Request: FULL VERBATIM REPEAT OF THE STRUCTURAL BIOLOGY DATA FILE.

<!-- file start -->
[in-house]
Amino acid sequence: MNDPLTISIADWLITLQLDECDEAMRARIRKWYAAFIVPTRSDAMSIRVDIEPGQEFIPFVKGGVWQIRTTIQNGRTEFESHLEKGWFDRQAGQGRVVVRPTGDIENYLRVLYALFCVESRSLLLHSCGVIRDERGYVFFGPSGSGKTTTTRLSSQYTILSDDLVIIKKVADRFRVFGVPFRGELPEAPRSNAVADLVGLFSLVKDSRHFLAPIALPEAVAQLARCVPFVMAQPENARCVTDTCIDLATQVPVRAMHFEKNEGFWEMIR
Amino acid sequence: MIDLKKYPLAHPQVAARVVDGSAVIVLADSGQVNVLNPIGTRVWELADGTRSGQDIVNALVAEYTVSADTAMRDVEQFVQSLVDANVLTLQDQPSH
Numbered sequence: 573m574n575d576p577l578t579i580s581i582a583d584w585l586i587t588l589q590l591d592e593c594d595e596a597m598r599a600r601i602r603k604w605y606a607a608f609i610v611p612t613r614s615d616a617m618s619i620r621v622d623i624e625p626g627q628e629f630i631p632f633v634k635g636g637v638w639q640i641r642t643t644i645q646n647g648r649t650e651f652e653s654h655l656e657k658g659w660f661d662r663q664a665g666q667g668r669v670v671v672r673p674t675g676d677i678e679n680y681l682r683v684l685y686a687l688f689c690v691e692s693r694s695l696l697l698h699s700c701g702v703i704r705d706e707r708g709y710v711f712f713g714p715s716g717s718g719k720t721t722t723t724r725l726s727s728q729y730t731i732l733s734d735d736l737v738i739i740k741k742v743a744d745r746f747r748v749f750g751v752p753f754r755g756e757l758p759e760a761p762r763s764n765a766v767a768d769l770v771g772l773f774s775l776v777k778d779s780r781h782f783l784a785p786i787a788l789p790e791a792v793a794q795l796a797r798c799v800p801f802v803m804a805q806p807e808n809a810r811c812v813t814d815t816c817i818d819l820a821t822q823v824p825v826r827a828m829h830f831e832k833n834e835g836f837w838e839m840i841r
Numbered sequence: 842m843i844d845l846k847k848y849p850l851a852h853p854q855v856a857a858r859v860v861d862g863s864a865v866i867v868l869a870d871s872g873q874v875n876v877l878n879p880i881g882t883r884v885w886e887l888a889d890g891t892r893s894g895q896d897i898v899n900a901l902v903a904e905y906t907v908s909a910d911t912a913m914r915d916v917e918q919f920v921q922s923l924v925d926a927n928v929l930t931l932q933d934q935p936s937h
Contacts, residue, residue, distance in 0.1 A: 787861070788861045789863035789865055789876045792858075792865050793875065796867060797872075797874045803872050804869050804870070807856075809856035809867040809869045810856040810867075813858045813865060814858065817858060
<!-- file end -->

[in-house]
Amino acid sequence: MNDPLTISIADWLITLQLDECDEAMRARIRKWYAAFIVPTRSDAMSIRVDIEPGQEFIPFVKGGVWQIRTTIQNGRTEFESHLEKGWFDRQAGQGRVVVRPTGDIENYLRVLYALFCVESRSLLLHSCGVIRDERGYVFFGPSGSGKTTTTRLSSQYTILSDDLVIIKKVADRFRVFGVPFRGELPEAPRSNAVADLVGLFSLVKDSRHFLAPIALPEAVAQLARCVPFVMAQPENARCVTDTCIDLATQVPVRAMHFEKNEGFWEMIR
Amino acid sequence: MIDLKKYPLAHPQVAARVVDGSAVIVLADSGQVNVLNPIGTRVWELADGTRSGQDIVNALVAEYTVSADTAMRDVEQFVQSLVDANVLTLQDQPSH
Numbered sequence: 573m574n575d576p577l578t579i580s581i582a583d584w585l586i587t588l589q590l591d592e593c594d595e596a597m598r599a600r601i602r603k604w605y606a607a608f609i610v611p612t613r614s615d616a617m618s619i620r621v622d623i624e625p626g627q628e629f630i631p632f633v634k635g636g637v638w639q640i641r642t643t644i645q646n647g648r649t650e651f652e653s654h655l656e657k658g659w660f661d662r663q664a665g666q667g668r669v670v671v672r673p674t675g676d677i678e679n680y681l682r683v684l685y686a687l688f689c690v691e692s693r694s695l696l697l698h699s700c701g702v703i704r705d706e707r708g709y710v711f712f713g714p715s716g717s718g719k720t721t722t723t724r725l726s727s728q729y730t731i732l733s734d735d736l737v738i739i740k741k742v743a744d745r746f747r748v749f750g751v752p753f754r755g756e757l758p759e760a761p762r763s764n765a766v767a768d769l770v771g772l773f774s775l776v777k778d779s780r781h782f783l784a785p786i787a788l789p790e791a792v793a794q795l796a797r798c799v800p801f802v803m804a805q806p807e808n809a810r811c812v813t814d815t816c817i818d819l820a821t822q823v824p825v826r827a828m829h830f831e832k833n834e835g836f837w838e839m840i841r
Numbered sequence: 842m843i844d845l846k847k848y849p850l851a852h853p854q855v856a857a858r859v860v861d862g863s864a865v866i867v868l869a870d871s872g873q874v875n876v877l878n879p880i881g882t883r884v885w886e887l888a889d890g891t892r893s894g895q896d897i898v899n900a901l902v903a904e905y906t907v908s909a910d911t912a913m914r915d916v917e918q919f920v921q922s923l924v925d926a927n928v929l930t931l932q933d934q935p936s937h
Contacts, residue, residue, distance in 0.1 A: 787861070788861045789863035789865055789876045792858075792865050793875065796867060797872075797874045803872050804869050804870070807856075809856035809867040809869045810856040810867075813858045813865060814858065817858060